- Find a Trail
- My TrailLink
- Explore Trails
- About Us
- Get Involved
Shaped like a Y, this 4.1-mile rail-trail connects Marblehead, Salem and Swampscott. From the trail junction in quaint Marblehead, one branch meanders through conservation areas and past harbor overlooks to Salem, notorious for its 1692 witch trials. The second branch offers a longer route heading toward Swampscott through Marblehead's residential areas, offering a more local look at this seaside community. The intersection of Bessom Street and Roundhouse Road in central Marblehead marks the apex of the trail, and a good starting point.
Follow the sandy path on the west side of Bessom Street 0.25 mile to the trail junction beside a fenced utility yard. Time to choose: to the right lies Salem, while the left branch leads down the coast toward Swampscott. The branch toward Salem begins with a sandy surface and soon enters Hawthorn Pond Conservation Area, a 9.8-acre preserve with marshes, ponds, streams and four interconnected nature trails.
Take care as you emerge from the conservation area on West Shore Drive: traffic can be heavy. Up next is Wyman Woods Conservation area, a 33.5-acre mix of wetlands and mature forests that gives way to beautiful views of Salem Harbor. On warm days, trail users can hike down a sandy path to the water's edge for a refreshing dip or stop along the wooden railroad bridge for a particularly inspiring view of the harbor. Entering Salem, the trail crosses State Route 114; use caution at this major artery. Beyond, artistic gates modeled after antique high-wheel bicycles mark the path, and the surface switches to smooth asphalt.
You'll soon pass Salem State College then enter a commercial area. The trail ends at Canal Street. The alternative branch of the trail toward Swampscott also begins on a sand and gravel surface. Crossing Pleasant Street, you'll pass the public high school, where ball fields and playgrounds offer ample open space for a quick stretch or a relaxing break. Students use the route as a commuter corridor. From the high school, the asphalt trail continues along a raised corridor through residential areas, with plenty of paved access roads to Marblehead beaches. The trail ends at the Temple Emanu-El parking lot.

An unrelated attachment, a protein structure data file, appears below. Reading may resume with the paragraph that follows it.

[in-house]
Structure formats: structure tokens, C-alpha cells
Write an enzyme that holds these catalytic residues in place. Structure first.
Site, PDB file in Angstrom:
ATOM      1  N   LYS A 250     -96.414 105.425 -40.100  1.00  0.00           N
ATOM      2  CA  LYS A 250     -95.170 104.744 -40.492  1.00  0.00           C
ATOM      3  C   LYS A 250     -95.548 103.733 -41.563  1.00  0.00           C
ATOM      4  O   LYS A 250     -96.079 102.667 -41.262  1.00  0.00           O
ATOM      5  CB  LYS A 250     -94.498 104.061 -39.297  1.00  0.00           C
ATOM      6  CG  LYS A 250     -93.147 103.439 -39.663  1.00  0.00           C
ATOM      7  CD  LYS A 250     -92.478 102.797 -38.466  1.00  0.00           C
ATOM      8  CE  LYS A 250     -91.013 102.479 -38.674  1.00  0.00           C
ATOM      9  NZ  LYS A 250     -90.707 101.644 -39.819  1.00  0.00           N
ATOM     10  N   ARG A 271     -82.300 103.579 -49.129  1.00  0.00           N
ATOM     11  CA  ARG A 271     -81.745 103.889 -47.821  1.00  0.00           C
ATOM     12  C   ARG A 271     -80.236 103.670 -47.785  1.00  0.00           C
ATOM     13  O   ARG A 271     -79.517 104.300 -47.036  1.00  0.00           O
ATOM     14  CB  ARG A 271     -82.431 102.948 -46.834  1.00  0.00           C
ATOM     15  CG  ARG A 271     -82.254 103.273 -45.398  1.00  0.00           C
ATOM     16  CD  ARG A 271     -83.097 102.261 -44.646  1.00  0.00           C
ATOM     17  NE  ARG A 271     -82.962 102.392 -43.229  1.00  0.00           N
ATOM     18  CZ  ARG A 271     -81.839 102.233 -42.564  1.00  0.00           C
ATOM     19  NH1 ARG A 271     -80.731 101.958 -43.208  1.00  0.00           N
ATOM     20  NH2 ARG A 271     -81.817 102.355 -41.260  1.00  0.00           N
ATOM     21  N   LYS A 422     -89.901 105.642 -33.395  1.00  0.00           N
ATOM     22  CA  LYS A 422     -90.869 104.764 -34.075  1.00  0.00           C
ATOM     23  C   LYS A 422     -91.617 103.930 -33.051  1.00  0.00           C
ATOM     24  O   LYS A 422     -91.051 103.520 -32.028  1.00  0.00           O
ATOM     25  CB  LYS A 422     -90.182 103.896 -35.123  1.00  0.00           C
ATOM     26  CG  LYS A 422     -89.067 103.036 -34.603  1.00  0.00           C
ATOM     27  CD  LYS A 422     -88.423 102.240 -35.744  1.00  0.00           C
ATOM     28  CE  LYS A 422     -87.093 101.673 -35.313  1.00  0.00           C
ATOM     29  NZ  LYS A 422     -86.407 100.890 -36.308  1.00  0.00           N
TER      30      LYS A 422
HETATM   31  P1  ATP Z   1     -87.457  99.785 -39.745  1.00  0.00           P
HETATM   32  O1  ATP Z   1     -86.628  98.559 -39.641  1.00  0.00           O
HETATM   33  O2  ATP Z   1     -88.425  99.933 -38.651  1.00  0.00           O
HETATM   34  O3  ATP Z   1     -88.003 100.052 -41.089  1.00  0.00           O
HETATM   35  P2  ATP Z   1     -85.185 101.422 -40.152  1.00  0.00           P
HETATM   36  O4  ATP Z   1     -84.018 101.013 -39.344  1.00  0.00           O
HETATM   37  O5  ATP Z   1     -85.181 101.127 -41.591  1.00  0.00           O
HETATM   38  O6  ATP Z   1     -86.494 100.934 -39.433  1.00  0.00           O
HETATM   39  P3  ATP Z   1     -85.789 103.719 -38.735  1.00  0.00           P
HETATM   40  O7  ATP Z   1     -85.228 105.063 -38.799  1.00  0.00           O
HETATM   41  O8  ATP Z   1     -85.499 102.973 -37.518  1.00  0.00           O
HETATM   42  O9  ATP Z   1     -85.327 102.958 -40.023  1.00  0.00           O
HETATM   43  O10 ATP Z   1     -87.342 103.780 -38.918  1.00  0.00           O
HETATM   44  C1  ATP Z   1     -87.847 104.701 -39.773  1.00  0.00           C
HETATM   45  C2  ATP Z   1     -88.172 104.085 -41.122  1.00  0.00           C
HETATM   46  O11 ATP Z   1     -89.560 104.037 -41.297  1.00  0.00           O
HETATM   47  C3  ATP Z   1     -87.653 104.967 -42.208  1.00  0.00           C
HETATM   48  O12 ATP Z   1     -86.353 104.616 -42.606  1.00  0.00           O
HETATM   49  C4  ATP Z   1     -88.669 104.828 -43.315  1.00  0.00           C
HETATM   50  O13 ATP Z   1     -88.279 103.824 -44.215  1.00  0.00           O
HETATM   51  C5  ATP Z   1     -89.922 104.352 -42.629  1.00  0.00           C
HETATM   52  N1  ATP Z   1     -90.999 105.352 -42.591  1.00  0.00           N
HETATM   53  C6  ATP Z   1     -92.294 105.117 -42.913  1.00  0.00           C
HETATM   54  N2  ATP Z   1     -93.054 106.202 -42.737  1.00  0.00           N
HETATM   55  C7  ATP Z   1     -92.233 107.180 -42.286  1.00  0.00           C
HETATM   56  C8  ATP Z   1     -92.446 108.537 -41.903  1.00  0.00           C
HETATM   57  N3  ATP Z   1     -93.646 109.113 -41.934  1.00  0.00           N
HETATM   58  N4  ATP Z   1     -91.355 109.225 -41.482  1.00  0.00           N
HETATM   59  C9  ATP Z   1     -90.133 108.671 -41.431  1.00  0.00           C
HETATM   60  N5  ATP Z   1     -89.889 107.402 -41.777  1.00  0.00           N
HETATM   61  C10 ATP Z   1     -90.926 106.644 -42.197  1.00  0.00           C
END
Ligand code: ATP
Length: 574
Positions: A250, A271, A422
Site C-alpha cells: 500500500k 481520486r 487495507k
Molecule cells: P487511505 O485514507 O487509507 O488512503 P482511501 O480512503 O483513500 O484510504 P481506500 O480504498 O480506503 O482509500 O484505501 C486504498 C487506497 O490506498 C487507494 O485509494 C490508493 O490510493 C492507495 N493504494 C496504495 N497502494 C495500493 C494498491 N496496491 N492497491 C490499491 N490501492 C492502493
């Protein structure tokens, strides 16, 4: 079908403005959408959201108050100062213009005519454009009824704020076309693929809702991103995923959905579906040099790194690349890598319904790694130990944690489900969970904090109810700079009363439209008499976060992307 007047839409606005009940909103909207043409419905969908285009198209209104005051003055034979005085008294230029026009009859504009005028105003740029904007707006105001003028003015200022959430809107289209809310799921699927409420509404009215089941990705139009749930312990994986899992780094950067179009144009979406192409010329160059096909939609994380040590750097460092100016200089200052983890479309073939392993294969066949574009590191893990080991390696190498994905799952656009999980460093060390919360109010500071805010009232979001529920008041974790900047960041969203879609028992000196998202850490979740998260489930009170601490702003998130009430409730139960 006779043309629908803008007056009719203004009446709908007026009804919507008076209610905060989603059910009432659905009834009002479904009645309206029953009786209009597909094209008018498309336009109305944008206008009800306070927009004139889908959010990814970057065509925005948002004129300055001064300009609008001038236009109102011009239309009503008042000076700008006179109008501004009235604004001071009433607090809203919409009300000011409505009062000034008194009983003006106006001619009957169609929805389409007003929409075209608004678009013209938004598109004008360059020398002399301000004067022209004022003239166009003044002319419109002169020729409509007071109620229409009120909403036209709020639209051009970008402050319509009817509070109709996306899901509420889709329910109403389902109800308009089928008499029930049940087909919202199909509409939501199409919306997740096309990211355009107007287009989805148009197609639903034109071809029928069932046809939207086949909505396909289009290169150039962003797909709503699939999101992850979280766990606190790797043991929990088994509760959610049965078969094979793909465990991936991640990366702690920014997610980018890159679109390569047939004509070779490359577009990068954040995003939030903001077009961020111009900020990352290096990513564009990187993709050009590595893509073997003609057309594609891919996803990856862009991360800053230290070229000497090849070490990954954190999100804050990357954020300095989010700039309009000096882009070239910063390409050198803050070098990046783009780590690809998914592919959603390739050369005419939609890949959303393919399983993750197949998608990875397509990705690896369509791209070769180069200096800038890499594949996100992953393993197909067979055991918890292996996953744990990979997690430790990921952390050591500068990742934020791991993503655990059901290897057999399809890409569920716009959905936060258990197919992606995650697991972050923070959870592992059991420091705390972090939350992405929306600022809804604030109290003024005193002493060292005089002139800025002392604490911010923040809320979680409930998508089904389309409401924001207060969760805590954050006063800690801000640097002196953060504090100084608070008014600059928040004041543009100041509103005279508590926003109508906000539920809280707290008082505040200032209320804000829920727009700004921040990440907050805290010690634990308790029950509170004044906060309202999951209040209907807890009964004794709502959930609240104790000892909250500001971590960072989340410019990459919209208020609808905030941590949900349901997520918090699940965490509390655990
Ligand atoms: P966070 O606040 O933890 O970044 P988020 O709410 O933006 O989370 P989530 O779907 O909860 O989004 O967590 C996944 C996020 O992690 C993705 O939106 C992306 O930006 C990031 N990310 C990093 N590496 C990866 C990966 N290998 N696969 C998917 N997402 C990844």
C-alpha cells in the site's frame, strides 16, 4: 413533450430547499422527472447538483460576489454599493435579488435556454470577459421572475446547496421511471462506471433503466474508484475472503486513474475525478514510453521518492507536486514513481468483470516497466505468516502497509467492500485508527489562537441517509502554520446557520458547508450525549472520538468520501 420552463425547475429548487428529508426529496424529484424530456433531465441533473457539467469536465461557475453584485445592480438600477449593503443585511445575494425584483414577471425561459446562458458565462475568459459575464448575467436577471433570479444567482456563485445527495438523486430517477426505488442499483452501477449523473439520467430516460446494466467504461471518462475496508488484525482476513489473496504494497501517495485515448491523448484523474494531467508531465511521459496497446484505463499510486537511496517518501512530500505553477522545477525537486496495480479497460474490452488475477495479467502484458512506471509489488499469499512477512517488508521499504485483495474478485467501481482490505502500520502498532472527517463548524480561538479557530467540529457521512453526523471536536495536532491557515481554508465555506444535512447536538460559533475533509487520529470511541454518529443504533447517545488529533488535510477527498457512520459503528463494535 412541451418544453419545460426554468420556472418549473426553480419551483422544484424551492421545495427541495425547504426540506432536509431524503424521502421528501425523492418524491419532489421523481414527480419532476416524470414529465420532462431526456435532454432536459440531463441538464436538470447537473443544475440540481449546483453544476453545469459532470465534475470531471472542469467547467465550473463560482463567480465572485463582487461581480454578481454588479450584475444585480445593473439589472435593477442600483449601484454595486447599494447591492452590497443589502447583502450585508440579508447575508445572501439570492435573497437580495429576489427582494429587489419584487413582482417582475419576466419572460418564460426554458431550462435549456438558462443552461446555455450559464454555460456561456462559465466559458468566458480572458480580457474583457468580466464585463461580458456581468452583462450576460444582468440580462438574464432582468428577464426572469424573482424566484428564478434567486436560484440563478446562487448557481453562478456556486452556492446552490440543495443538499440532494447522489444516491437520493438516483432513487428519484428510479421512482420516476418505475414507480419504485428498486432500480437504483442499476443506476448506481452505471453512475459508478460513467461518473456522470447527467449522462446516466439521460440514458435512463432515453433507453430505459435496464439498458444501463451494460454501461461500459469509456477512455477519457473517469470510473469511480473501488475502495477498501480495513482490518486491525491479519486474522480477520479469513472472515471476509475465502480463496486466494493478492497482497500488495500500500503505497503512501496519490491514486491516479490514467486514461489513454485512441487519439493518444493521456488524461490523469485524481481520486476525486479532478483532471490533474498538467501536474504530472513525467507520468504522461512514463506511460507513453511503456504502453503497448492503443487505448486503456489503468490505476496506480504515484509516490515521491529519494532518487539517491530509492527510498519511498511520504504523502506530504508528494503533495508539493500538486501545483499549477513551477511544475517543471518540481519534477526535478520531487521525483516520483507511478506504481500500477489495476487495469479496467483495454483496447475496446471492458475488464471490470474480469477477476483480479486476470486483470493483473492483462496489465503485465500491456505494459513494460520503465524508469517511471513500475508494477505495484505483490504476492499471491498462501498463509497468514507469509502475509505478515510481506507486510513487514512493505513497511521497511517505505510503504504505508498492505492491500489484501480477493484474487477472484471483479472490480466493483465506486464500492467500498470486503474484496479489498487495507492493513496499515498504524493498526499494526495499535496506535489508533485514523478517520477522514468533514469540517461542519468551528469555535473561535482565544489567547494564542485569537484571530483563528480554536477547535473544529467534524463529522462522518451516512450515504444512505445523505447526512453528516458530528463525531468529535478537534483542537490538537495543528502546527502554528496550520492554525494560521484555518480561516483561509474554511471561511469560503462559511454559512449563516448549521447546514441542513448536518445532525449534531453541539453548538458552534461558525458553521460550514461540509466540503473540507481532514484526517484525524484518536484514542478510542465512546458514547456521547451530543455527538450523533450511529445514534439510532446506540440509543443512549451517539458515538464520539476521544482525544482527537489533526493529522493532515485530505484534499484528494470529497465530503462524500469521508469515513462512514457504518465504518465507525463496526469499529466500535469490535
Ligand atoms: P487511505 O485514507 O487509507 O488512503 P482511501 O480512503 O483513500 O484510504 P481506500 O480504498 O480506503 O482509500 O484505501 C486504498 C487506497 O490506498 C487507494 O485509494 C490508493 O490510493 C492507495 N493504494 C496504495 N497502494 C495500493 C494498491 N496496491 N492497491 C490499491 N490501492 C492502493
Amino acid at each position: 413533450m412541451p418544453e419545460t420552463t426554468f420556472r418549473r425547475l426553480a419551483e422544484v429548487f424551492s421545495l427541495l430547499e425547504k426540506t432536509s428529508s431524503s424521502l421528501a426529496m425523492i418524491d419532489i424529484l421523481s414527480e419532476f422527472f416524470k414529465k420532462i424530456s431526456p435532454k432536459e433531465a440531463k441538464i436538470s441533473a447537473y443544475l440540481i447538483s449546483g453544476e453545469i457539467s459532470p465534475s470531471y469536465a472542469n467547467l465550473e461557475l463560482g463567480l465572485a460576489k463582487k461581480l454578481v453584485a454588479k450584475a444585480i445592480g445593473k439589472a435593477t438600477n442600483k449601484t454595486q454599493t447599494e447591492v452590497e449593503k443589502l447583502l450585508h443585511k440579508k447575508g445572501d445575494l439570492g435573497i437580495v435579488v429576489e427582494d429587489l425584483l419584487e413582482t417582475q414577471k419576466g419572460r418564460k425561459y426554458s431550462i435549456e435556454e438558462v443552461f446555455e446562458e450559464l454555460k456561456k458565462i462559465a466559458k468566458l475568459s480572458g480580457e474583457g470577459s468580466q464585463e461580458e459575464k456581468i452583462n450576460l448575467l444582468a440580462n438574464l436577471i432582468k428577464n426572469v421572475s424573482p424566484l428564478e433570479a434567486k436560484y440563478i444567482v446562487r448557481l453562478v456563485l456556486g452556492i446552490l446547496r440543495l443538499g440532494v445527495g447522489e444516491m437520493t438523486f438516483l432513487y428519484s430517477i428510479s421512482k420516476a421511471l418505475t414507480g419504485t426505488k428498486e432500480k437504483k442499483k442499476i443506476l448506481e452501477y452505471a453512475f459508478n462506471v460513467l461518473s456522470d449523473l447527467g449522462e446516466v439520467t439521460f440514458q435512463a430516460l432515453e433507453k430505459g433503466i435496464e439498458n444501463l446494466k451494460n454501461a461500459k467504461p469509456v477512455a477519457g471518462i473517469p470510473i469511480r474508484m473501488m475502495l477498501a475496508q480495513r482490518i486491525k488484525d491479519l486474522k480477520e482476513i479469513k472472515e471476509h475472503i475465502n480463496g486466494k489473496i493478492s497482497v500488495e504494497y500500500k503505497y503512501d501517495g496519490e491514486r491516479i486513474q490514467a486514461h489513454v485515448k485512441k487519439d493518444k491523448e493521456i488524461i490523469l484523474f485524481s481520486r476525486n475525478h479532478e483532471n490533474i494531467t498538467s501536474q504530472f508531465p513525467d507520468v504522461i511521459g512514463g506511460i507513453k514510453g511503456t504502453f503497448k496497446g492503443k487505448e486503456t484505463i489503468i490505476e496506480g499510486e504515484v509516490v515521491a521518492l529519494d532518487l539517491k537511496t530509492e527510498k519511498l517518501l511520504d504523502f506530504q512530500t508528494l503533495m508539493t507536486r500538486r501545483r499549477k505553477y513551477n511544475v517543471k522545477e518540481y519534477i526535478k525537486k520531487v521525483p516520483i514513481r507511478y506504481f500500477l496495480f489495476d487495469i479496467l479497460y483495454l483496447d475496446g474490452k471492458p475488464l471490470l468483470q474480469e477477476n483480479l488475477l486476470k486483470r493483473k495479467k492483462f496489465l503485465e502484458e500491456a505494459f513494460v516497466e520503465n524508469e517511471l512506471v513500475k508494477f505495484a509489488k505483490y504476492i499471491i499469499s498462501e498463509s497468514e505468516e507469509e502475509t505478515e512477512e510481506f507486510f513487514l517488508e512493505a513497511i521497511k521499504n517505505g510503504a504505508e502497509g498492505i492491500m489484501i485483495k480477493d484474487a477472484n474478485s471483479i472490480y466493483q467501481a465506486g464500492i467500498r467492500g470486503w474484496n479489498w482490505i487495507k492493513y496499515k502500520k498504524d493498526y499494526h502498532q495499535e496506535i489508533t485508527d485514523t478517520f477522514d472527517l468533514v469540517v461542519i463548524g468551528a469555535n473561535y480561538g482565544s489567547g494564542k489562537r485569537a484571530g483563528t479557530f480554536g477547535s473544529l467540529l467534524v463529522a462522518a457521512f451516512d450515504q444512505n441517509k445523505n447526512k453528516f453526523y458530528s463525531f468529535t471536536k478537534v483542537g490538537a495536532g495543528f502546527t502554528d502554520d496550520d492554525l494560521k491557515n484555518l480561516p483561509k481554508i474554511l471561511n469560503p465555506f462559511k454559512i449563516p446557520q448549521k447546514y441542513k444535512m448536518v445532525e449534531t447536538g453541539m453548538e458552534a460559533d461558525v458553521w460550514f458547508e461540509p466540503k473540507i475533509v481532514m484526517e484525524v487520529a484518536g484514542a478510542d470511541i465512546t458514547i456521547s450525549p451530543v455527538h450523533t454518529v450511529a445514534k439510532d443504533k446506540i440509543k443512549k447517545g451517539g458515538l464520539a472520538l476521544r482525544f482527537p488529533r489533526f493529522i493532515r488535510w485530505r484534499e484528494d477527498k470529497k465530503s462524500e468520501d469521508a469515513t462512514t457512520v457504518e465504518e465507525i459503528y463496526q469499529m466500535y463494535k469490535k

To reach the main trailhead, take State Route 128 to Exit 25 and head south on State Route 114 south to Marblehead. In town, SR 114 becomes Lafayette Street and then Pleasant Street. Follow Pleasant Street into town then turn left on Bessom Street. Just past the shopping center on the right, take your first right turn onto Roundhouse Road. The trailhead is across the street.
I just came off walking the Cotton Valley Trail (Wolfeboro, NH), which I found to be my favorite trail to date, so kindly keep in mind that my review of this trail is probably a little skewed. Marblehead Trail is not a bad little adventure. Best part of this trail is definitely the trail itself; really nice upkeep of the gravel and dirt, very even terrain. For my personal tastes in trail adventures however, I found this trail lacking the rustic, woodland/nature feel of many of the other Rails To Trails. Along this 4+ mile path, you must cross a number of busy streets. While these crosses all have clear cross walks, the crosses could potentially be dangerous with small children on bikes. Most of the trail is traversing behind neighborhoods and by a large power plant, so I never felt like I was really escaping into the woods like I do with other trails. Overall, it was an ok hike. For people who live locally and want to get a few steps in or want a spot for their kids to ride their bikes away from traffic, I can see this trail being enjoyable. But for those who would have to travel a distance to walk this or like me, prefer more walks deeper in the woods, look elsewhere for a better experience.
The need to cross multiple busy roads, as well as some eyesore landscape brings my review of this path down a notch. Decent path for those looking for a quick walk or bike. For those looking to get "lost" in the woods on a long walk, I definitely recommend other R to T paths.
We wanted to ride this trail from Swampscott up to Marblehead, but couldn't find the end of the trail in the neighborhood where we expected to find it. So we started from the Salem end, which is well marked and has a handy parking lot.